Sudanese rebels storm Zim embassy

Foreign Affairs and International Trade ministry spokesperson Livit Mugejo

ZIMBABWE'S embassy in Sudan has had its property looted by the Rapid Support Forces (RSF) in the ongoing conflict that has clocked three months and killed more than 2 000 people.

The conflict, which started in mid-April has displaced more than 1,6 million people, according to the Armed Conflict Location and Event Data Project.

Foreign Affairs and International Trade ministry spokesperson Livit Mugejo yesterday told journalists that the home of Zimbabwe’s ambassador to Sudan Emmanuel Gumbo was not spared by the looters.

 “The Ministry of Foreign Affairs condemns in the strongest terms the Rapid Support Militia (RSF)’s storming of the embassy and the home of the Zimbabwean ambassador, and the theft of valuables, in flagrant violation of international norms and laws concerned with the sanctity and protection of the headquarters and property of diplomatic missions,” Mugejo said.

The Zimbabwean government called on the international community to condemn the terrorist and criminal behaviour of the militia.

Mugejo said the rebels took advantage of the evacuation that had taken place to loot the embassy.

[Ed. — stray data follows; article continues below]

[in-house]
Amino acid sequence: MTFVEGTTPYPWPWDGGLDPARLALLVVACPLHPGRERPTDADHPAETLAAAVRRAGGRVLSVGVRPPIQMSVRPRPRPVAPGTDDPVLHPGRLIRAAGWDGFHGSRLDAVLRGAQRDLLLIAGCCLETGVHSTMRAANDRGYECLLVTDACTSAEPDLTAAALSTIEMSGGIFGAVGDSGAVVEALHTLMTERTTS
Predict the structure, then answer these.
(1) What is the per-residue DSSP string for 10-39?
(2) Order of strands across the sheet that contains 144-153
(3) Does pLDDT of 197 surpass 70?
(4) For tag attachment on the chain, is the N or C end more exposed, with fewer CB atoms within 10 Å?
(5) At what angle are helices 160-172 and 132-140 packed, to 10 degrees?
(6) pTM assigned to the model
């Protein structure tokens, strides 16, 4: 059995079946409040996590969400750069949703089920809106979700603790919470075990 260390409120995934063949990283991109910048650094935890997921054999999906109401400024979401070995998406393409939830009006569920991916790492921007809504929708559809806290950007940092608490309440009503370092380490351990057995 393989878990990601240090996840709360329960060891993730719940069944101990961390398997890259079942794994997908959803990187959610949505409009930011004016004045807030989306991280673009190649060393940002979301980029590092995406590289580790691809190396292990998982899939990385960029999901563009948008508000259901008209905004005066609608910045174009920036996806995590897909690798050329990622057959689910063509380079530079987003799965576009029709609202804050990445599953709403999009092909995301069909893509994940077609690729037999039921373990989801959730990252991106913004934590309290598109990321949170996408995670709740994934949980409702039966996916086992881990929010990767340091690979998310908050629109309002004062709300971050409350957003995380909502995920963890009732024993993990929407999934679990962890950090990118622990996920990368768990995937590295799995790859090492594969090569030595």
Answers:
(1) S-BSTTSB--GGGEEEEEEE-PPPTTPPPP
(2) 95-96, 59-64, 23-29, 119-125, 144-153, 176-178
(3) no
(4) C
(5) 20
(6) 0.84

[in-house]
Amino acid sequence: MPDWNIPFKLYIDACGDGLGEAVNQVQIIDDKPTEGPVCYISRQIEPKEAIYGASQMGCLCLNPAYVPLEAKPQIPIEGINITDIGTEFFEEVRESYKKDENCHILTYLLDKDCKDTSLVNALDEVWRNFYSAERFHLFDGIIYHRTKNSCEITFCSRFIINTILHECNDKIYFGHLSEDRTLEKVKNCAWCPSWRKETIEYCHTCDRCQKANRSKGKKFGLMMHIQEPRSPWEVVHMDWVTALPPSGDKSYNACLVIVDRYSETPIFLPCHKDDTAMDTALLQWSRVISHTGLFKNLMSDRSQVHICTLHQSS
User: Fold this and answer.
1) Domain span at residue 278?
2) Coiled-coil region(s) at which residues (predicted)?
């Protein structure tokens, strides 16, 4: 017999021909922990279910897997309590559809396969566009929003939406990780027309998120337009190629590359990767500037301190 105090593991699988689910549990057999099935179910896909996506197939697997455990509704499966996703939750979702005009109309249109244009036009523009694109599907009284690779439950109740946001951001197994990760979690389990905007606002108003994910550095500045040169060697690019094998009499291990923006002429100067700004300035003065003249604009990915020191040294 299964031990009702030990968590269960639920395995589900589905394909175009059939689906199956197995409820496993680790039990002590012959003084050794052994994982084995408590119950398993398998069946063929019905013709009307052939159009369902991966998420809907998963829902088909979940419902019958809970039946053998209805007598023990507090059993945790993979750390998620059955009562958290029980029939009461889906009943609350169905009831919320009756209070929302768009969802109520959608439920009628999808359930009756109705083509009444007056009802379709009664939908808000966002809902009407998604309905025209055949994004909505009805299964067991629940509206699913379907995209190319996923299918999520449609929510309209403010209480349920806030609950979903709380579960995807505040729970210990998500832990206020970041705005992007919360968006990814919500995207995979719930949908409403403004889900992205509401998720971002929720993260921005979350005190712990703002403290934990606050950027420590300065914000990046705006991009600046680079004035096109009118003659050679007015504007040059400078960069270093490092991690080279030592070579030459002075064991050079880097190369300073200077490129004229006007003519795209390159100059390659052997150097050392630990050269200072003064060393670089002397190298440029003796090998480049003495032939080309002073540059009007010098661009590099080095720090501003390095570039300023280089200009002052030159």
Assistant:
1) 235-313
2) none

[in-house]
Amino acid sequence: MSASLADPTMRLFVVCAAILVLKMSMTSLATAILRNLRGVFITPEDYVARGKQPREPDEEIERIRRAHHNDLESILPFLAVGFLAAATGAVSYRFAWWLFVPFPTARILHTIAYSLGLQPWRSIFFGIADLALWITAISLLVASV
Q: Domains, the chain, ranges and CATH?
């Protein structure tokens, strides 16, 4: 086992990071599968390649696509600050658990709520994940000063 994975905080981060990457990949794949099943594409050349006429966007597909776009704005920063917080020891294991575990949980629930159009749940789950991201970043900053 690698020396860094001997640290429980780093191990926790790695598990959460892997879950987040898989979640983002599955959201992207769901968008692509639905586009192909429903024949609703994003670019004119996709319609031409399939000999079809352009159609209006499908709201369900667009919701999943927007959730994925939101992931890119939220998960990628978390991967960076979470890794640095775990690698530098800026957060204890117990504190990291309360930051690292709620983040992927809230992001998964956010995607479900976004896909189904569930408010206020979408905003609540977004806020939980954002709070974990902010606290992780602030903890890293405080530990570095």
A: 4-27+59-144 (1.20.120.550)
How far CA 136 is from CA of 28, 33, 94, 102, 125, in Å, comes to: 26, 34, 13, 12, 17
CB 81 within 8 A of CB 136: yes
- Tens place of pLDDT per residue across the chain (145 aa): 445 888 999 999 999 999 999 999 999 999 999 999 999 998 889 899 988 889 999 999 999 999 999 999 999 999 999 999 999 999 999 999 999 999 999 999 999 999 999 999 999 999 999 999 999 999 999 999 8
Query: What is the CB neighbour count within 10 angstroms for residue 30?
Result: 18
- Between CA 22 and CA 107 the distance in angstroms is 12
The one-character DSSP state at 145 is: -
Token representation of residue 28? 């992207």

“I can confirm that our properties in Sudan were destroyed by some of the fighting forces in the country taking advantage that we had evacuated our people,” he said.

Government evacuated more than 100 Zimbabweans from Sudan after warring factions agreed to a 72-hour ceasefire to allow foreigners to leave.

“It's not only Zimbabwe but most countries as well. We have reports that most of the countries' properties were also targeted as sheer criminality taking advantage of the war to loot properties of our diplomats and our embassies there. This is an unfortunate incident currently happening in Sudan,” Mugejo said.

Sudan is in the middle of a bitter war pitting the army and the rival RSF with the power struggle between the two sides turning the capital, Khartoum into a war zone.

The conflict erupted in April following a dispute over a plan for a transition to elections under a civilian government, four years after long-serving autocrat Omar al-Bashir was overthrown during a popular uprising.

Forces loyal to the two rival generals are vying for control, and as is often the case, civilians have suffered the most.

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